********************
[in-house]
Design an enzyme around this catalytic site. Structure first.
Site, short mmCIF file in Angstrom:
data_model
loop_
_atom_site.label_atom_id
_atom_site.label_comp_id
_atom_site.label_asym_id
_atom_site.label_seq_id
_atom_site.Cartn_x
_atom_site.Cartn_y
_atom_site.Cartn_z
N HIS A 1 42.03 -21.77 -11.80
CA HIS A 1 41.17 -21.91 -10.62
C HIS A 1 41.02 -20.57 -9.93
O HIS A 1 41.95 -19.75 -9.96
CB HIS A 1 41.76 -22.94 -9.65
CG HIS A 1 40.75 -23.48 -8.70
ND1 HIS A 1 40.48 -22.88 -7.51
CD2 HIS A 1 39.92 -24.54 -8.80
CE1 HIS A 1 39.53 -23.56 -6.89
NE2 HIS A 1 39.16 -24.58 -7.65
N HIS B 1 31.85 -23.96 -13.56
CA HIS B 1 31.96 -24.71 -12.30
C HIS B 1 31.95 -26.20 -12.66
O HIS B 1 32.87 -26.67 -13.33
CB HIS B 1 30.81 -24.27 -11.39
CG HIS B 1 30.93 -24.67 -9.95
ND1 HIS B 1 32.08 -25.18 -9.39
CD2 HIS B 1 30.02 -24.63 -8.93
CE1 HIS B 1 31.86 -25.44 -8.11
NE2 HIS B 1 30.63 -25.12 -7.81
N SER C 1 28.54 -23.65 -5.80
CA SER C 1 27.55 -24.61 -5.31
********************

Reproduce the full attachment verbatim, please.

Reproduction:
[in-house]
Design an enzyme around this catalytic site. Structure first.
Site, short mmCIF file in Angstrom:
data_model
loop_
_atom_site.label_atom_id
_atom_site.label_comp_id
_atom_site.label_asym_id
_atom_site.label_seq_id
_atom_site.Cartn_x
_atom_site.Cartn_y
_atom_site.Cartn_z
N HIS A 1 42.03 -21.77 -11.80
CA HIS A 1 41.17 -21.91 -10.62
C HIS A 1 41.02 -20.57 -9.93
O HIS A 1 41.95 -19.75 -9.96
CB HIS A 1 41.76 -22.94 -9.65
CG HIS A 1 40.75 -23.48 -8.70
ND1 HIS A 1 40.48 -22.88 -7.51
CD2 HIS A 1 39.92 -24.54 -8.80
CE1 HIS A 1 39.53 -23.56 -6.89
NE2 HIS A 1 39.16 -24.58 -7.65
N HIS B 1 31.85 -23.96 -13.56
CA HIS B 1 31.96 -24.71 -12.30
C HIS B 1 31.95 -26.20 -12.66
O HIS B 1 32.87 -26.67 -13.33
CB HIS B 1 30.81 -24.27 -11.39
CG HIS B 1 30.93 -24.67 -9.95
ND1 HIS B 1 32.08 -25.18 -9.39
CD2 HIS B 1 30.02 -24.63 -8.93
CE1 HIS B 1 31.86 -25.44 -8.11
NE2 HIS B 1 30.63 -25.12 -7.81
N SER C 1 28.54 -23.65 -5.80
CA SER C 1 27.55 -24.61 -5.31